Search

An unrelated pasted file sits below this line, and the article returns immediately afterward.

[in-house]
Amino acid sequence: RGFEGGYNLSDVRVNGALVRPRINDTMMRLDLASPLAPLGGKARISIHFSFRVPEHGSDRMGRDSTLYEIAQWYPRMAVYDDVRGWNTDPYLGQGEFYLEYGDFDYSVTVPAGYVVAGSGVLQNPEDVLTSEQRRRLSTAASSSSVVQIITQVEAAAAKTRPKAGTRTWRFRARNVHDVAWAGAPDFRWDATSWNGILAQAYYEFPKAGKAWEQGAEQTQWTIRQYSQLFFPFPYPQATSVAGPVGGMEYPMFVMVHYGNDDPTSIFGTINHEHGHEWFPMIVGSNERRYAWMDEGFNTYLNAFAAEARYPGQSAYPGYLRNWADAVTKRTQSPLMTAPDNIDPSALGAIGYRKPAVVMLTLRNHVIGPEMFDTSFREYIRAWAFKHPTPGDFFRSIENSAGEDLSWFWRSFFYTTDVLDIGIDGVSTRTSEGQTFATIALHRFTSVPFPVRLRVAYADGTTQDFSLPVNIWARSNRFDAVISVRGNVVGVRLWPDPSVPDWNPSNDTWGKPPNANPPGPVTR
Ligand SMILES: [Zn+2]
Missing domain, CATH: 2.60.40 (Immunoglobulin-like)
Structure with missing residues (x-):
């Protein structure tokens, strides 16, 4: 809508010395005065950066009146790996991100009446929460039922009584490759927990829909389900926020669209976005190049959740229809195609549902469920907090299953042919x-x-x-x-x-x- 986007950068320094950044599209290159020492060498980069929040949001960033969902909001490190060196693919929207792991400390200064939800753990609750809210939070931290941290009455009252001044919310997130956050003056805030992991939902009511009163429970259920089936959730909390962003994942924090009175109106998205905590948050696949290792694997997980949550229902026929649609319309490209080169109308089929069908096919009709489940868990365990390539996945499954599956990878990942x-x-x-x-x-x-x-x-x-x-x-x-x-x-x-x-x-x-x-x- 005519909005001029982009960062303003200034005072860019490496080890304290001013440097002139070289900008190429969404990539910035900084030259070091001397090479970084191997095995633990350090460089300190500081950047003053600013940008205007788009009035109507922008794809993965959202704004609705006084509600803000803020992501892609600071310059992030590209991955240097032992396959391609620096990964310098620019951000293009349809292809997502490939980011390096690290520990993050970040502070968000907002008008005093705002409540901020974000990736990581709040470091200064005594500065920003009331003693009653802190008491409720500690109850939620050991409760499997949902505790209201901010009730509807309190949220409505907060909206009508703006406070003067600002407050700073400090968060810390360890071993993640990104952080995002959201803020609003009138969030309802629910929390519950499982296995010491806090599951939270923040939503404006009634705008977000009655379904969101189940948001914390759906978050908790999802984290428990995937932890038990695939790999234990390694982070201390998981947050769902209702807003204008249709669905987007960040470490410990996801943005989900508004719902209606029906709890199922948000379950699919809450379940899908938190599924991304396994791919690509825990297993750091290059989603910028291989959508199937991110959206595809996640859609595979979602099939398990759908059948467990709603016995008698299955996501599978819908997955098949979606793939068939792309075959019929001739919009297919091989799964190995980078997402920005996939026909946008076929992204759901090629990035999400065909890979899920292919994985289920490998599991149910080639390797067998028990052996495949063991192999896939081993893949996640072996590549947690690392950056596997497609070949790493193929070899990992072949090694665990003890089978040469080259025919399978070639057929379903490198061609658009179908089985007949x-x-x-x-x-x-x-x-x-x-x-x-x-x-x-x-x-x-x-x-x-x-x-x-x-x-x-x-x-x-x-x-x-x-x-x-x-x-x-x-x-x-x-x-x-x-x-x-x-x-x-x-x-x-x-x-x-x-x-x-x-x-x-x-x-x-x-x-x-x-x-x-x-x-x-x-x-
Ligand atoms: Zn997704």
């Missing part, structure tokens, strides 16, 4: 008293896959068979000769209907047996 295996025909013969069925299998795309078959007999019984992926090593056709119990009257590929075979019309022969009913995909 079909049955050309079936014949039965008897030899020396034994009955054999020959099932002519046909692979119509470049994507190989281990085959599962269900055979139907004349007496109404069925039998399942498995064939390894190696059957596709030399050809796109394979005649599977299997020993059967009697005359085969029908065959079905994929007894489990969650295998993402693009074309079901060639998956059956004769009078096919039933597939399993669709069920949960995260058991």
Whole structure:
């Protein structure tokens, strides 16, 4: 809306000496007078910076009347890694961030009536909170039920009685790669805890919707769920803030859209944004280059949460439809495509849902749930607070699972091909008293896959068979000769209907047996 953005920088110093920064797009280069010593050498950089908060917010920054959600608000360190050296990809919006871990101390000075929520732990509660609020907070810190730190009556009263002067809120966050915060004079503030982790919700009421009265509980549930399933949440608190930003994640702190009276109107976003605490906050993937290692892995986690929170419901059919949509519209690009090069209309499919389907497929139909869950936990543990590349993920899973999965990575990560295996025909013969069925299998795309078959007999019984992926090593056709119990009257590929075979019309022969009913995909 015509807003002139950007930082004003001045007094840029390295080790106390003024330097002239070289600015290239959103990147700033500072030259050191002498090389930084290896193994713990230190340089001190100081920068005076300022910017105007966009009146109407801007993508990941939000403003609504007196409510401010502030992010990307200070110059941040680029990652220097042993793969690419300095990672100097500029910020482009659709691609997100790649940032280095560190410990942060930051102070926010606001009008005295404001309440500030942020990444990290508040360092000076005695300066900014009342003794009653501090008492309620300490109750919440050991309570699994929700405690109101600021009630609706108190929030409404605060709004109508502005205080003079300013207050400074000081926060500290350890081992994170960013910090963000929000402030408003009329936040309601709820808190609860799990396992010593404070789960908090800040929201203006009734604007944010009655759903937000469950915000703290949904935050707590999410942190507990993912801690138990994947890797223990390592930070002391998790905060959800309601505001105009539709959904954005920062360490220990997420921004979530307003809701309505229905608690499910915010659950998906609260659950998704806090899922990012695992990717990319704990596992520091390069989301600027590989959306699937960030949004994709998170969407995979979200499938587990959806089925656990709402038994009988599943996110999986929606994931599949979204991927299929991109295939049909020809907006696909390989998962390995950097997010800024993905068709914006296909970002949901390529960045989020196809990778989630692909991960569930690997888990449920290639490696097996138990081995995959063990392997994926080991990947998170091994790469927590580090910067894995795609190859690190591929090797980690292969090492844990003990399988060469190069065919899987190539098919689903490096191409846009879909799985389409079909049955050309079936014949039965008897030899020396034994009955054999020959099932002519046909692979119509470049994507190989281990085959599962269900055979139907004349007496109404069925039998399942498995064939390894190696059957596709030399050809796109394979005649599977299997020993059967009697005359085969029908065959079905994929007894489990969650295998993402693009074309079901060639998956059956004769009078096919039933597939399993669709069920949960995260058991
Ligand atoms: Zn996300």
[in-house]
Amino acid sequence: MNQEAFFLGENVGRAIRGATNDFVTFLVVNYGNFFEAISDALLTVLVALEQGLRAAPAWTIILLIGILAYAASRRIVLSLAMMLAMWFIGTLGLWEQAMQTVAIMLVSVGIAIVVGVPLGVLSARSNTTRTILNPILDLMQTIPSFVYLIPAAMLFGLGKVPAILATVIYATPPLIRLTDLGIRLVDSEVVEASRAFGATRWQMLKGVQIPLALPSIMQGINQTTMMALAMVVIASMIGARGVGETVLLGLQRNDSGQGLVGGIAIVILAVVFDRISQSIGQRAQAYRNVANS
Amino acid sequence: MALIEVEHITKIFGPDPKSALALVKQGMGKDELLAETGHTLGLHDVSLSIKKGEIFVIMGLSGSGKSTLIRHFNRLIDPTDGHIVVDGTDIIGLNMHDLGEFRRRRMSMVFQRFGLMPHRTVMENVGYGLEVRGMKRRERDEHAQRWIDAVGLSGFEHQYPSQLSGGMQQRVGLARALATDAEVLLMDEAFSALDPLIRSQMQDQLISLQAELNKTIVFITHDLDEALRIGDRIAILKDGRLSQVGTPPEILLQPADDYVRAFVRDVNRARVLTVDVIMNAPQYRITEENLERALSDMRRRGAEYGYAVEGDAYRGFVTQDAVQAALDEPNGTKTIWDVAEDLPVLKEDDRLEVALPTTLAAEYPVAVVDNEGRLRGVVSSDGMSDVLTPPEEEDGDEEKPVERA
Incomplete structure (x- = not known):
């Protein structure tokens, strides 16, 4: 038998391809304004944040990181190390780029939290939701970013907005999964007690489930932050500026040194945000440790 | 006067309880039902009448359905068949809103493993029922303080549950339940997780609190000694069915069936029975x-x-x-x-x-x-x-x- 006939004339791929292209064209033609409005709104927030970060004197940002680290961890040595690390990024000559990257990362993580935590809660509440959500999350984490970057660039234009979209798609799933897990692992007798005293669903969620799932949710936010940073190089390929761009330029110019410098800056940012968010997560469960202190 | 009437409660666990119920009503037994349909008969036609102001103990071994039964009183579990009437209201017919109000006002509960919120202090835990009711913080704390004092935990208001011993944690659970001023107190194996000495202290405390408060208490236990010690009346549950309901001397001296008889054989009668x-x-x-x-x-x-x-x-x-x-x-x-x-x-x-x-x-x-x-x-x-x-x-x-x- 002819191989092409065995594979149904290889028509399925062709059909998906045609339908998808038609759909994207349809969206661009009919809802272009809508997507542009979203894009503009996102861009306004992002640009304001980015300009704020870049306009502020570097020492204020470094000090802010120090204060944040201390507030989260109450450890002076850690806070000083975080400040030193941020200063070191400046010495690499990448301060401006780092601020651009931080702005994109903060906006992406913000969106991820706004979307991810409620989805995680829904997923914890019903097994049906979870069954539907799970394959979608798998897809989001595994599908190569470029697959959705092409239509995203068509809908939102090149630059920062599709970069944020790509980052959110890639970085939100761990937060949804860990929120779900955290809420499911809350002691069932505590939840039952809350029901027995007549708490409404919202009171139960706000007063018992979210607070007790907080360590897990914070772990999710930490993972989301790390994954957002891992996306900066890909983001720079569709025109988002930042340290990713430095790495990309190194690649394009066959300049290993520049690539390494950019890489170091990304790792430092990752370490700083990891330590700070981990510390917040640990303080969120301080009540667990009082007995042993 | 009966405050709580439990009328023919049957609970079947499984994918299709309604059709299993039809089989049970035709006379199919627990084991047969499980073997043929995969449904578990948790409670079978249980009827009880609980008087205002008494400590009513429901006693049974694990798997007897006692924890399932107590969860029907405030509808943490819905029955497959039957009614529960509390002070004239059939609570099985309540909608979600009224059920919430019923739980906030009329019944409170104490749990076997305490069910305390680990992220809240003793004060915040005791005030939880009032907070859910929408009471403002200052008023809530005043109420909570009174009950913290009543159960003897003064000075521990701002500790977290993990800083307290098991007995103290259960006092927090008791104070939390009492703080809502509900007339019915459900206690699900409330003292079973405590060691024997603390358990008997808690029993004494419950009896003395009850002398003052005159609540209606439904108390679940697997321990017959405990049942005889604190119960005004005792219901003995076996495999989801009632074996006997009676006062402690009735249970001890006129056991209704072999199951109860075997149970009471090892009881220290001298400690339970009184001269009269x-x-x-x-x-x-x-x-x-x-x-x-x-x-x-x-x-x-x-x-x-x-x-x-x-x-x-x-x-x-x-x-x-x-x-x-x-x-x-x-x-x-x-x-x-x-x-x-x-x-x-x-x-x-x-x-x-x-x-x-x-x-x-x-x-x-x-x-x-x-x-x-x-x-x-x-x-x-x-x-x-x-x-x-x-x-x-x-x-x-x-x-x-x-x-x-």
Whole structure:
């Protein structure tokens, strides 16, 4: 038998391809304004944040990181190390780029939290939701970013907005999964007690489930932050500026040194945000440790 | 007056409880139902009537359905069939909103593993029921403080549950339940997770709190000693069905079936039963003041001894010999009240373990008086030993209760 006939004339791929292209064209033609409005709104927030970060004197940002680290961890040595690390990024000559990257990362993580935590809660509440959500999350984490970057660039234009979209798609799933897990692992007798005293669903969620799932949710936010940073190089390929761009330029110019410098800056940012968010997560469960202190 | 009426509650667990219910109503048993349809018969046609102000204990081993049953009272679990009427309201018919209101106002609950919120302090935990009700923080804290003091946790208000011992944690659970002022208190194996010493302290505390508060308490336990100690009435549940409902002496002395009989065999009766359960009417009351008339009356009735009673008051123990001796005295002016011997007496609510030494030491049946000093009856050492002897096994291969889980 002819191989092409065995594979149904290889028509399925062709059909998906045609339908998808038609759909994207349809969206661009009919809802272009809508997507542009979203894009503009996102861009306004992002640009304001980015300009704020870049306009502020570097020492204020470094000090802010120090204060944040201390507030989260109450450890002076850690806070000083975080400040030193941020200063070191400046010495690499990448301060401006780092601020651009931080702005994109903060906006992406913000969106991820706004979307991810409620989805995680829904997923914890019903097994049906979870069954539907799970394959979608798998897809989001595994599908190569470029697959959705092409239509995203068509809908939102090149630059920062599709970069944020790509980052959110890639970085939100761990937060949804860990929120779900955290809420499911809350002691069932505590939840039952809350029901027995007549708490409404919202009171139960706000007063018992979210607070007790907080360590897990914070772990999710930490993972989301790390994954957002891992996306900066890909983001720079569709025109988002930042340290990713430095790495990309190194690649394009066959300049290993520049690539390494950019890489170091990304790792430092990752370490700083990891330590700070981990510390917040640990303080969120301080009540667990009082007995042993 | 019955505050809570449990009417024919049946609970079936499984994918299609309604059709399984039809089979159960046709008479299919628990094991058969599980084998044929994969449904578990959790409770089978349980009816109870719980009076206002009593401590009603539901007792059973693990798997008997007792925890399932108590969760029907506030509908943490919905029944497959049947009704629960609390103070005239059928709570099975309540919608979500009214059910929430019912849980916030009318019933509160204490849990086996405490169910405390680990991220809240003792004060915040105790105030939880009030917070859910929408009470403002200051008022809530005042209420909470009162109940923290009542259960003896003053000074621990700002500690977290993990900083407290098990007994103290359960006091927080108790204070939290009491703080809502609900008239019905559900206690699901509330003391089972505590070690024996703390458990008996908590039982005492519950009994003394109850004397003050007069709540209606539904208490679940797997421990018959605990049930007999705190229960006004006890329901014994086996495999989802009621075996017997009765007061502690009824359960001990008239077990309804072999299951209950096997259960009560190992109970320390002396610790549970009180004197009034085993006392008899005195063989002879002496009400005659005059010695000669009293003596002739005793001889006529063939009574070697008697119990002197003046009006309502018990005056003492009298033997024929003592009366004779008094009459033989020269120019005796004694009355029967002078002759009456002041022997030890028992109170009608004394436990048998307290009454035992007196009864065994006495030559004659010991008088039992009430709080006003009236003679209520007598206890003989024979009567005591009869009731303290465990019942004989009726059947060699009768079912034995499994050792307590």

RETHINK YOUR INVESTMENT STRATEGIES